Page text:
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US Congress approves US $ 1.9 trillion virus relief bill for Biden and Dems

WASHINGTON – Party-divided Congress approved landmark US $ 1.9 trillion COVID-19 relief bill, as US President Joe Biden and Democrats demand major triumph over power-rallying legislation government spending against the double pandemic and the economic crises that have shaken a nation.

The House gave Congressional final approval to the package on Wednesday in a vote close to the 220-211 party line exactly seven weeks after Biden entered the White House and four days after the Senate moved adopted the bill. Republicans in both chambers unanimously opposed the legislation, calling it bloated, crammed with liberal policies and recklessly showing signs of easing crises.

“The help is here,” Biden tweeted moments after the roll call, which ended with applause from Democratic lawmakers. Biden said he would sign the measure on Friday.

The most notable provisions for many Americans are the provisions providing up to $ 1,400 in direct payments this year to most people and extending weekly emergency unemployment benefits by $ 300 until early September. But the legislation goes much further.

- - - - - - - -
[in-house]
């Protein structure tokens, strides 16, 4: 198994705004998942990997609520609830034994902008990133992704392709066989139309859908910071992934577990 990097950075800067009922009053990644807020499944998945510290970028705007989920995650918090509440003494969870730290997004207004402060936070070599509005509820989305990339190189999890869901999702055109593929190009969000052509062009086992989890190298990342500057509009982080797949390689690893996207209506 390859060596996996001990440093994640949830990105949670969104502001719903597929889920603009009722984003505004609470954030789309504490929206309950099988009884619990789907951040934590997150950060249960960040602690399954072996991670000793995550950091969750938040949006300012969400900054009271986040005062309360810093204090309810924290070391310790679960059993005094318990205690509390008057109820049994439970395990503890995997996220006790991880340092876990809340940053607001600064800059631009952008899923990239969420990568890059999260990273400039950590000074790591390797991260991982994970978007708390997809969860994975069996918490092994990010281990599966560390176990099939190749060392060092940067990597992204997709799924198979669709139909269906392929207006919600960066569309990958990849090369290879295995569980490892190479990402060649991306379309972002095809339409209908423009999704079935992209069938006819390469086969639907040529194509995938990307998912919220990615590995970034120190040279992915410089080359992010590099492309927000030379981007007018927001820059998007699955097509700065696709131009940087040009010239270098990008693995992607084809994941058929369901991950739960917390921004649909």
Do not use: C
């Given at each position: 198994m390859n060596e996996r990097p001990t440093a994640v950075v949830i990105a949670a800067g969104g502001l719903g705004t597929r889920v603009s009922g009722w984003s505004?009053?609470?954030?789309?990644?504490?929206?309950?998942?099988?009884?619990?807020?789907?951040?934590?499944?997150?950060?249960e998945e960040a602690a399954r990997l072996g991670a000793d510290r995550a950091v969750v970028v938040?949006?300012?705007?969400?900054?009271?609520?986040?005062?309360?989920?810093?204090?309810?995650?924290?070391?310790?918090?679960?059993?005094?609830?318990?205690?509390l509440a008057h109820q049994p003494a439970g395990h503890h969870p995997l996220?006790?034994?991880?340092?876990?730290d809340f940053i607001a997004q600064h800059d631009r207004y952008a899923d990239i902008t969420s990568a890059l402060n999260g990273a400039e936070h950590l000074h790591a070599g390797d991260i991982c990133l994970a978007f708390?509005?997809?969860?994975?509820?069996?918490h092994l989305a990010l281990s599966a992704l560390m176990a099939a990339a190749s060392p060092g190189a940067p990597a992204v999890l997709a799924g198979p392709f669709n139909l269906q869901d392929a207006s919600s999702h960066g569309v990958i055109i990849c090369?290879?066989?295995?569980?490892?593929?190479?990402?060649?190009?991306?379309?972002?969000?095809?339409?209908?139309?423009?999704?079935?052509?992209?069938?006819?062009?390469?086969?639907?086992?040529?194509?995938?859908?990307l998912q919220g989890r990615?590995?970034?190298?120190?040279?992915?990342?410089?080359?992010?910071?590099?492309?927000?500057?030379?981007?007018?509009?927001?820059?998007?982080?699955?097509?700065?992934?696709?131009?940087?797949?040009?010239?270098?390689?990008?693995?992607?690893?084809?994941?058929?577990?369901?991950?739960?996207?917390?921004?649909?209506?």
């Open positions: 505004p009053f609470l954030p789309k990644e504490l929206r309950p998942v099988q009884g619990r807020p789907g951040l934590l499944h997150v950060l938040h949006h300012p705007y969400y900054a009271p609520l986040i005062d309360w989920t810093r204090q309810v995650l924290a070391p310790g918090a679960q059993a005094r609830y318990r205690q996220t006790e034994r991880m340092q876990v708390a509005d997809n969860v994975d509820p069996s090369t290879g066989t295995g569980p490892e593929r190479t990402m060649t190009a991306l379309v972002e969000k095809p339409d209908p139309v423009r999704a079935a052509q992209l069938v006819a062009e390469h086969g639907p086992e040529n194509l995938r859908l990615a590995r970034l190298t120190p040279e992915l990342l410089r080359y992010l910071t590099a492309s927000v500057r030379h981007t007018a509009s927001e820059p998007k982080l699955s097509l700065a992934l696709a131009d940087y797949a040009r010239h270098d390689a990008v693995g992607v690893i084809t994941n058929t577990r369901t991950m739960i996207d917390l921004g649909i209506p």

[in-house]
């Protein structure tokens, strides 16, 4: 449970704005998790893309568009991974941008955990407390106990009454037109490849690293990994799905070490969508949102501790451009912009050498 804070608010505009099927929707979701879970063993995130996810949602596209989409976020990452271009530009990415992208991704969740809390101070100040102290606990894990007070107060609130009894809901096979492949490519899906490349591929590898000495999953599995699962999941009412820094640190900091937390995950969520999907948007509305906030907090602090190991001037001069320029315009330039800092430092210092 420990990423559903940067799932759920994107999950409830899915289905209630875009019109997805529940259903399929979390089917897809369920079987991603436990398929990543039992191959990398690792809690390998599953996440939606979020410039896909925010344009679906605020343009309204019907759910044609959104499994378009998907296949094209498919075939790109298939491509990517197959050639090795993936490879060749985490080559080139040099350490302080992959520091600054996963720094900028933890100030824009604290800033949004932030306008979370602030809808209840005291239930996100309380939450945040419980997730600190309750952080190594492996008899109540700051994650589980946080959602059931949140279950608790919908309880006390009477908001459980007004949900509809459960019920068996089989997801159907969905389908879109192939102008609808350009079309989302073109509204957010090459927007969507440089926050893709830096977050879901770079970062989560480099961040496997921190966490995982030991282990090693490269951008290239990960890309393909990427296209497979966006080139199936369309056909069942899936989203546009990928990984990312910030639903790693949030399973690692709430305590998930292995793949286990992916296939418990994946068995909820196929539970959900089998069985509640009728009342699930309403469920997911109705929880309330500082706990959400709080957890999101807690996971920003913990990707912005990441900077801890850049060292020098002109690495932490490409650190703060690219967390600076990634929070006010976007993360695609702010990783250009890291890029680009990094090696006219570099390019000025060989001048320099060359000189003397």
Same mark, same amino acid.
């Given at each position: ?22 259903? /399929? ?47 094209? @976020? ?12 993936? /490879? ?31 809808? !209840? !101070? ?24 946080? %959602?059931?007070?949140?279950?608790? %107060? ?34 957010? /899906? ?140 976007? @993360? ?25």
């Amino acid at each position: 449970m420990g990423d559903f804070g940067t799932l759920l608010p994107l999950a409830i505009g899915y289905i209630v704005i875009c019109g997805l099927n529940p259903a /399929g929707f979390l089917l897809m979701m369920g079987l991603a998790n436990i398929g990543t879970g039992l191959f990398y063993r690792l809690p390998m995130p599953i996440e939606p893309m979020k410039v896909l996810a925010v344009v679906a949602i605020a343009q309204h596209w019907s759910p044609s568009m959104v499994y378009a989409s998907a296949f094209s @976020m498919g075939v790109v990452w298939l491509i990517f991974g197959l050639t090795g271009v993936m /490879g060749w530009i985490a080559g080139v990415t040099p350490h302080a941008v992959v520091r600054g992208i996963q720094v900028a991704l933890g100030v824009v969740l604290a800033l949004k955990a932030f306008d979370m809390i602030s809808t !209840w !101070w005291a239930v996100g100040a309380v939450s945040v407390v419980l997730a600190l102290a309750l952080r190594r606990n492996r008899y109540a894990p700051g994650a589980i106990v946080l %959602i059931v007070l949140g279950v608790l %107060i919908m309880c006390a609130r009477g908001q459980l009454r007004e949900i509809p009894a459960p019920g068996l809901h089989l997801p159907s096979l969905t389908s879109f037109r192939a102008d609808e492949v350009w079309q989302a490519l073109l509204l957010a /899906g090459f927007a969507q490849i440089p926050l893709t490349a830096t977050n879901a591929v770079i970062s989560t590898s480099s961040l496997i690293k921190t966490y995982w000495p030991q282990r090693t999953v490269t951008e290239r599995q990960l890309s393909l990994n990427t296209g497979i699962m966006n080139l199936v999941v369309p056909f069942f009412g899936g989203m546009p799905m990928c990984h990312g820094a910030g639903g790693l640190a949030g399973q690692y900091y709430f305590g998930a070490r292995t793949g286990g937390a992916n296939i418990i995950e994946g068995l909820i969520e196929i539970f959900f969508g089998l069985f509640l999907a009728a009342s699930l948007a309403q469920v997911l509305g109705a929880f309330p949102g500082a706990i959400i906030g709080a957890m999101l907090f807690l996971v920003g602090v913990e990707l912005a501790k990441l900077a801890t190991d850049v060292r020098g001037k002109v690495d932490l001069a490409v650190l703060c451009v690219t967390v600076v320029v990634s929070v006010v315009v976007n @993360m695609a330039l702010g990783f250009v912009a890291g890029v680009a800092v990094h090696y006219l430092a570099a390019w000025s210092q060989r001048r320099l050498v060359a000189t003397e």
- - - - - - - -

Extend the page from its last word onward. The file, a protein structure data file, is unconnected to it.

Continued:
The measure responds to Democrats’ campaign promises and Biden’s initial priority to loosen a punch that first hit the country a year ago. Since then, many Americans have been relegated to hermit lifestyles in their homes to avoid a disease that has killed more than 525,000 people – roughly the population of Wichita, Kansas – and plunged the economy to its worst. deep recesses since the Great Depression.

“Today we have a decision to make of tremendous importance,” said House Speaker Nancy Pelosi, D-Calif., “A decision that will make a difference for millions of Americans, saving lives and livelihoods. “

For Biden and the Democrats, the bill is essentially a canvas on which they painted their core beliefs – that government programs can be a boon, not a curse, for millions of people and that spending huge sums on such efforts can be a cure, not a curse. The measure follows Democrats’ priorities so closely that many rank it among the best achievements of their careers, and despite their low majorities in Congress, there has never been any real suspense about its fate.

They were also bolstered by three dynamics: their unfettered control of the White House and Congress, polls showing strong support for Biden’s approach, and a time when most voters care little that the national debt is mounting in arrow towards 22 trillion stratospheric dollars. Neither party seems very troubled by the rise of red ink either, except when the other uses it to fund their priorities, be it Democratic spending or cuts. GOP tax.